Peanuts, cotton, corn and wheat comprised most of the 62,000 acres planted to row crops in Terrell County this year. Peanut acreage went up with over 16,000 acres planted in the county this year. Almost 60% of the peanuts are irrigated, so 40% of the peanut crop suffered due to drought. The dry weather brought spider mites which defoliated many dryland fields early causing loss of pods and poor grades. The county had some rain this year and much more rain than last year, but many times during the growing season, Terrell would get several days of cloudy weather and high humidity with no rain. This only contributed to more plant disease and increased the cost of production with growers having to use more expensive fungicides to maintain plant health.
All things considered, the peanut crop looks pretty good at this time. If the crop can be harvested with no major losses due to weather or plant disease, Wagner is hopeful that over 26,000 tons of peanuts will be produced in Terrell County this year.
The second farm visit on the tour is at the home of Neil Lee from Bronwood, Ga. Neil farms with his dad and two brothers. The family farms as a partnership growing 7,000 acres of peanuts, cotton, corn and wheat. There are 1,200 acres of the farm planted in peanuts and some are irrigated while others are dryland peanuts. Neil grows Georgia 06-G peanut variety and has already picked all of the dryland peanuts which he says does not look that promising. During the 2012 season, Neil and his family struggled with the drought on their 150 acres of dryland peanuts like many farmers across the U.S. The Georgia Peanut Tour attendees visited an irrigated field Neil recently dug. Since digging the peanuts, it has rained in the area so he has to use a “fluffer” in the field prior to picking. The “fluffer” lifts the peanut vine so that air goes under the vine and helps dry them so that the vine is not sticking to the ground. Then the Lee family will be able to pick their peanuts and deliver them to the local buying point. The family also owns and operates a cotton gin, McCleskey Cotton, where they gin approximately 70,000 bales of cotton each year.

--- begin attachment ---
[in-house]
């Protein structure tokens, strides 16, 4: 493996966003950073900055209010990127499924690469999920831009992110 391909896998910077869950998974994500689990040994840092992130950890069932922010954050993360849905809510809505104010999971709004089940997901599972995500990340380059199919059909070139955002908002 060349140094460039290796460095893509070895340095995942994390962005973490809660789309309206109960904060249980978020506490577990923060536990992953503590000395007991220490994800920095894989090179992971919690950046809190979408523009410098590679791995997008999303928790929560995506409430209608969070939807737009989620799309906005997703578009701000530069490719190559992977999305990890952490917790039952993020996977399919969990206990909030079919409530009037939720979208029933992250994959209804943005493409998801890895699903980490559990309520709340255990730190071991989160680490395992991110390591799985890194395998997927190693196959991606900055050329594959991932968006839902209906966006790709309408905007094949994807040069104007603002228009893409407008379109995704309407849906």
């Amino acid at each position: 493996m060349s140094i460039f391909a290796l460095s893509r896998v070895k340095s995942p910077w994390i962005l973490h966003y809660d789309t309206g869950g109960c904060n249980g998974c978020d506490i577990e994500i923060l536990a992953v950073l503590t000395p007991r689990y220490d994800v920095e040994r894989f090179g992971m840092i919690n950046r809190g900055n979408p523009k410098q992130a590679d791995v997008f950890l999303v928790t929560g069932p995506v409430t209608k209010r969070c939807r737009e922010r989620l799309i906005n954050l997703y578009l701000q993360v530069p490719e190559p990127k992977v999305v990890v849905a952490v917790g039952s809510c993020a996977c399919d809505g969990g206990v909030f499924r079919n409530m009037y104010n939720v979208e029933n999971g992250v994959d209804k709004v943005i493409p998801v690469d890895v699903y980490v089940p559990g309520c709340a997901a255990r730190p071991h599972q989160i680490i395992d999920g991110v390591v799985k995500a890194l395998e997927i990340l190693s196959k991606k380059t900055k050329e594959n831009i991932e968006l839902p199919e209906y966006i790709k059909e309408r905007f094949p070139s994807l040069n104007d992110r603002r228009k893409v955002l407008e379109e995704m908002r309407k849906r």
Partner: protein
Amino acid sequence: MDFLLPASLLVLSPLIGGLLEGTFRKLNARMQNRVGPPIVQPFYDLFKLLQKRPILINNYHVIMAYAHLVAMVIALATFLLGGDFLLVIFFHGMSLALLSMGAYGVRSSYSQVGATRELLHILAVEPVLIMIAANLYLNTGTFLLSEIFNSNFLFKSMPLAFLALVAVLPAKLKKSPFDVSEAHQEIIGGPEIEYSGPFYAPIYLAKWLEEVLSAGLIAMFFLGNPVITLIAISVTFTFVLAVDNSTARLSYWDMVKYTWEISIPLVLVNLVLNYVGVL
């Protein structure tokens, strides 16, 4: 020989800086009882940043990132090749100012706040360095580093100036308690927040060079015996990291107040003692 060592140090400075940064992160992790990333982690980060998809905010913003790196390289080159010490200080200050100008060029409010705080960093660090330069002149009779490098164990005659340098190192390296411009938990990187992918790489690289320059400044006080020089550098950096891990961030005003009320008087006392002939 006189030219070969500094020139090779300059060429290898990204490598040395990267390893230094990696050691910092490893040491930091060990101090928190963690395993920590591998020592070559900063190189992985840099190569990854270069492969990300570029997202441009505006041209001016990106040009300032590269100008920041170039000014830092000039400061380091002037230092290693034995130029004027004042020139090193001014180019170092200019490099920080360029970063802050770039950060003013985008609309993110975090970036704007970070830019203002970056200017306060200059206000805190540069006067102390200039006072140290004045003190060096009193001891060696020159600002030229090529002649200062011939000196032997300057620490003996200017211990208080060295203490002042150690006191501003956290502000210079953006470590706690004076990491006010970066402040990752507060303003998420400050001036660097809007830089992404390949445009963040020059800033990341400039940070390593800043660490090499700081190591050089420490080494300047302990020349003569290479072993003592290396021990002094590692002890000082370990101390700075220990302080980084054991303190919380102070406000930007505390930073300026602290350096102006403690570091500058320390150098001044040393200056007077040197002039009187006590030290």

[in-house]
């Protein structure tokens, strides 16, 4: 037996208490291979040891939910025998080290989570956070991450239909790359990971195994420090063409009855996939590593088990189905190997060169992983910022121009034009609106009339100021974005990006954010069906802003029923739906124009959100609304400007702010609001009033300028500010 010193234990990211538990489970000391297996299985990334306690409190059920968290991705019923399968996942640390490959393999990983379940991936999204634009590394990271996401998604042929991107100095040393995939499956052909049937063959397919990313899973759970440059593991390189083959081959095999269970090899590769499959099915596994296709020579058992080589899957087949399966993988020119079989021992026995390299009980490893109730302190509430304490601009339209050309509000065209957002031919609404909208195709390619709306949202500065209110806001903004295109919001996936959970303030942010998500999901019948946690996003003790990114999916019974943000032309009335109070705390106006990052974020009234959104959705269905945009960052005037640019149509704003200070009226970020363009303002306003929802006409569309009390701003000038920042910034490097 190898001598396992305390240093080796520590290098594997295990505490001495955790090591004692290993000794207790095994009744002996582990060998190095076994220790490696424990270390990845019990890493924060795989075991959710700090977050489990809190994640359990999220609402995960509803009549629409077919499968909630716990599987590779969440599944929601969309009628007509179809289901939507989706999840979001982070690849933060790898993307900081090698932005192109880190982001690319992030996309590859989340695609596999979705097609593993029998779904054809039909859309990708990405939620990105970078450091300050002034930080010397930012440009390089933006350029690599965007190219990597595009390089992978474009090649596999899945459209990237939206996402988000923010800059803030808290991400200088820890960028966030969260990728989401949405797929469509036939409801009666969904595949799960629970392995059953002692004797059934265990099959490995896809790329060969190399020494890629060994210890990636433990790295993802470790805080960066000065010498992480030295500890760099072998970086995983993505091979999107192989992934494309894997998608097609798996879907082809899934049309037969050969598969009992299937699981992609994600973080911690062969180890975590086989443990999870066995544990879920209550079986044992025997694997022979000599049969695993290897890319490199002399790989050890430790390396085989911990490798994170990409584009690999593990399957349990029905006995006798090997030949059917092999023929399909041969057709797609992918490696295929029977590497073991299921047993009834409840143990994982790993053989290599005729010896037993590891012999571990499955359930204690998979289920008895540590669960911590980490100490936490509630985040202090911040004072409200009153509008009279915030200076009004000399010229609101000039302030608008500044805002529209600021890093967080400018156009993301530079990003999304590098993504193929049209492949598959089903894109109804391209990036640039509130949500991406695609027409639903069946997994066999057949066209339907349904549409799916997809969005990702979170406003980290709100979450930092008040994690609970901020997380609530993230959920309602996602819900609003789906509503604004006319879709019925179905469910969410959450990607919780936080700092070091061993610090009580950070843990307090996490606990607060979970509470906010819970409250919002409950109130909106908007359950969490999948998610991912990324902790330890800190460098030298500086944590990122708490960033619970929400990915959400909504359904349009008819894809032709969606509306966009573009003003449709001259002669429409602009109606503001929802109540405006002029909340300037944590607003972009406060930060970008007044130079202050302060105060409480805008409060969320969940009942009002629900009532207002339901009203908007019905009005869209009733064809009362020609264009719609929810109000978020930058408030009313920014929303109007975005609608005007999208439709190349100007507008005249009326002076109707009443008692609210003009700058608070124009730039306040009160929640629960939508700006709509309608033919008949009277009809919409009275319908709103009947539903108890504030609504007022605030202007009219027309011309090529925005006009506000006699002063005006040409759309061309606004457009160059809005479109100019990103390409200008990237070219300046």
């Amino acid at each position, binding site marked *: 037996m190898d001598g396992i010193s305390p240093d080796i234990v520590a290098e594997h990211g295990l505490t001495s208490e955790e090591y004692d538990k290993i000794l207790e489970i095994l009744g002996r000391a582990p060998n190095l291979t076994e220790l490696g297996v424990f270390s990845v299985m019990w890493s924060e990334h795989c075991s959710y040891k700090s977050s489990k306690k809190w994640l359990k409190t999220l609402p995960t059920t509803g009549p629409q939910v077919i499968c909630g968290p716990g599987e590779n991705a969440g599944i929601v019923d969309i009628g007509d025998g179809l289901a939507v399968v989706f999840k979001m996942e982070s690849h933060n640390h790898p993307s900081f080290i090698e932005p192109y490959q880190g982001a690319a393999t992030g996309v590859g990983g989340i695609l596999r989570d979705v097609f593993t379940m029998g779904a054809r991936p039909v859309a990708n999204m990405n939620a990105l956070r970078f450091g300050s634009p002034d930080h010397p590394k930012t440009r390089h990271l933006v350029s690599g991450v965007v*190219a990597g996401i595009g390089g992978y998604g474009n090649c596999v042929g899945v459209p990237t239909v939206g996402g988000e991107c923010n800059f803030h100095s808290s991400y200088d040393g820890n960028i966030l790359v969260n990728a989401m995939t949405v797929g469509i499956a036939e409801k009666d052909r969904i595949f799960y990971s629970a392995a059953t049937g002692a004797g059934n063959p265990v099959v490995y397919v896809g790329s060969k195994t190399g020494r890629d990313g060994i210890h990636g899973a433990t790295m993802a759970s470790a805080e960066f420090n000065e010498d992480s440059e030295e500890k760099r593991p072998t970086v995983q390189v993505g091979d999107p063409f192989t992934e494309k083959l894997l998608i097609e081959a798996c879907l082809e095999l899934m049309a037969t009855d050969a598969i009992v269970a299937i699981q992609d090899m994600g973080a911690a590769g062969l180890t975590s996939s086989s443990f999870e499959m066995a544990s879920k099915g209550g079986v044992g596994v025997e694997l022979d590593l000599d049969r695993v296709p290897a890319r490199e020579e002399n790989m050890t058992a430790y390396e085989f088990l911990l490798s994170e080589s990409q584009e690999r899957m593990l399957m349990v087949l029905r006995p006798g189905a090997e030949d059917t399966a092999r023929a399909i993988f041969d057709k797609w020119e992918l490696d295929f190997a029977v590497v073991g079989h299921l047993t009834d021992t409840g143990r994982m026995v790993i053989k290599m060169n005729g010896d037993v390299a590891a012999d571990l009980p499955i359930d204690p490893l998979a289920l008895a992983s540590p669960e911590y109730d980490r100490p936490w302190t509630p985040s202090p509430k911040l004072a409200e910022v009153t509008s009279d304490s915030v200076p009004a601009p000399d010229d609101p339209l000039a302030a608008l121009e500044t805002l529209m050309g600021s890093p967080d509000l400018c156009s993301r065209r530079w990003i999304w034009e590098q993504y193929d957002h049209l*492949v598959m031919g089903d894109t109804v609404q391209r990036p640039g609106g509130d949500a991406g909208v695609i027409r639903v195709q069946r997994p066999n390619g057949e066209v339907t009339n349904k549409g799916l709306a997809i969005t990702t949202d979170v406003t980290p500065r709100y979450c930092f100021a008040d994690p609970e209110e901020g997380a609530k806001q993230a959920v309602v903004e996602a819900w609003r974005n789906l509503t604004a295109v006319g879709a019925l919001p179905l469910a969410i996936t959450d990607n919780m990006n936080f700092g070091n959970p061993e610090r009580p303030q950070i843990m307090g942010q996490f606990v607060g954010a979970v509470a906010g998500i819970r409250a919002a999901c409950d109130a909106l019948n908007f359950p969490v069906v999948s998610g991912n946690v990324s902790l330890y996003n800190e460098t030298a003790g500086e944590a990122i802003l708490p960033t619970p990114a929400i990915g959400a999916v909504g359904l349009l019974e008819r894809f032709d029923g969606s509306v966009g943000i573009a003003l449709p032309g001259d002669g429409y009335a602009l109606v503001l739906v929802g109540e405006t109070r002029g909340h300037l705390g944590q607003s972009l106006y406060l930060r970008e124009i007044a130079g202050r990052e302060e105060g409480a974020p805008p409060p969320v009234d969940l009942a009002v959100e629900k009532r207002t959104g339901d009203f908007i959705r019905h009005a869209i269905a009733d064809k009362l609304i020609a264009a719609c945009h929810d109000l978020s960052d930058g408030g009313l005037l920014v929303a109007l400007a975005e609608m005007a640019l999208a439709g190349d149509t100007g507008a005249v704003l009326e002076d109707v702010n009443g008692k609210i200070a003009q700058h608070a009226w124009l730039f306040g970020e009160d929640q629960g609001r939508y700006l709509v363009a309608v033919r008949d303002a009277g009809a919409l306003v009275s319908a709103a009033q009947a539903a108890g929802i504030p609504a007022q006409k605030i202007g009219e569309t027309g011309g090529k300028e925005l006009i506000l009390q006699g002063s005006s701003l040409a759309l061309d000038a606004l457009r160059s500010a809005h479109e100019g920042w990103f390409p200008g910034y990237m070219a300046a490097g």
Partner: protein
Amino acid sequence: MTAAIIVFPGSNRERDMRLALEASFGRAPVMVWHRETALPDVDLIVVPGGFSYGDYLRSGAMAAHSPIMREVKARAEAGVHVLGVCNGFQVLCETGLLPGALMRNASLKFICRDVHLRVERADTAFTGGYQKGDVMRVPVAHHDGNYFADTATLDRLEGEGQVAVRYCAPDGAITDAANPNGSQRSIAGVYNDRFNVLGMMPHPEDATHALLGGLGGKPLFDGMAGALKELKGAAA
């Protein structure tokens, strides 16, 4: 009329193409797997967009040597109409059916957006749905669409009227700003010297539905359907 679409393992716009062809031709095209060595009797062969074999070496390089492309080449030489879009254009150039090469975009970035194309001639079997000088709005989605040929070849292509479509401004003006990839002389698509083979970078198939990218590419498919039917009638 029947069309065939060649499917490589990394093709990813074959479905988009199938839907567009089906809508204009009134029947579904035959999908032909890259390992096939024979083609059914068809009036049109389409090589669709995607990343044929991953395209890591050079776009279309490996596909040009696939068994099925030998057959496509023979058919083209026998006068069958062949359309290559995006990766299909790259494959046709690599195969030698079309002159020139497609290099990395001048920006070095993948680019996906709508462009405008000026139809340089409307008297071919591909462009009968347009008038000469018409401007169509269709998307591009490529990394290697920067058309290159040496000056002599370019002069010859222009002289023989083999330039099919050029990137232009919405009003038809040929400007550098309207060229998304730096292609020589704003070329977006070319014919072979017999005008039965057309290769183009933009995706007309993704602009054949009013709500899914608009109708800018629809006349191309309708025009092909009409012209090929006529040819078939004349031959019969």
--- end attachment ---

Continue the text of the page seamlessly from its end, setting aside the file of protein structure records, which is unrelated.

Lee County has several claims to fame including the famous baseball player Buster Posey and singers Luke Bryan and Phillip Phillips. However, Georgia Peanut Tour attendees were able to visit with area farmers and tour Smithville Peanut Buying Point, which is one of the three peanut buying points in the county. Lee County also is home to two peanut shelling plants. Doug Collins, Lee County Extension Coordinator, says the peanut crop looks very good for this growing season. The total peanut acreage in Lee County this year is 18,985 acres. Seventy percent of the peanut acreage is irrigated in the county. Collins expects that the average yield could approach two tons per acre this year. Peanuts were planted from very late March into June. Other major crops in Lee County include corn (10,350 acres), cotton (14,729.9 acres), wheat (7,464 acres), soybeans (3,208 acres), and pecans (7,112 acres). Rainfall amounts from place to place within the county have been very variable. In addition to Palmer amaranth, sicklepod was a troublesome weed this year. Lee County and neighboring counties of Dougherty & Mitchell also make up a fairly large percentage of Georgia’s pecan production.
Sumter County Extension Coordinator, Bill Starr, updated the Georgia Peanut Tour group on the peanut crop in Sumter County. The county is unique in that most of the peanuts are grown for seed. Farmers in Sumter County planted 10,000 acres of peanuts this year with an estimate of around 3800 pounds average per acre. Approximately 75% are irrigated and Starr says that the overall peanut crop looks really good although farmers have faced troublesome productions issues this year with white mold and pigweeds. Other crops grown in the county are cotton, corn, and green beans. In fact, Sumter County is the Green Bean Capital of Georgia, with approximately 2,000 acres of green beans or snap beans grown.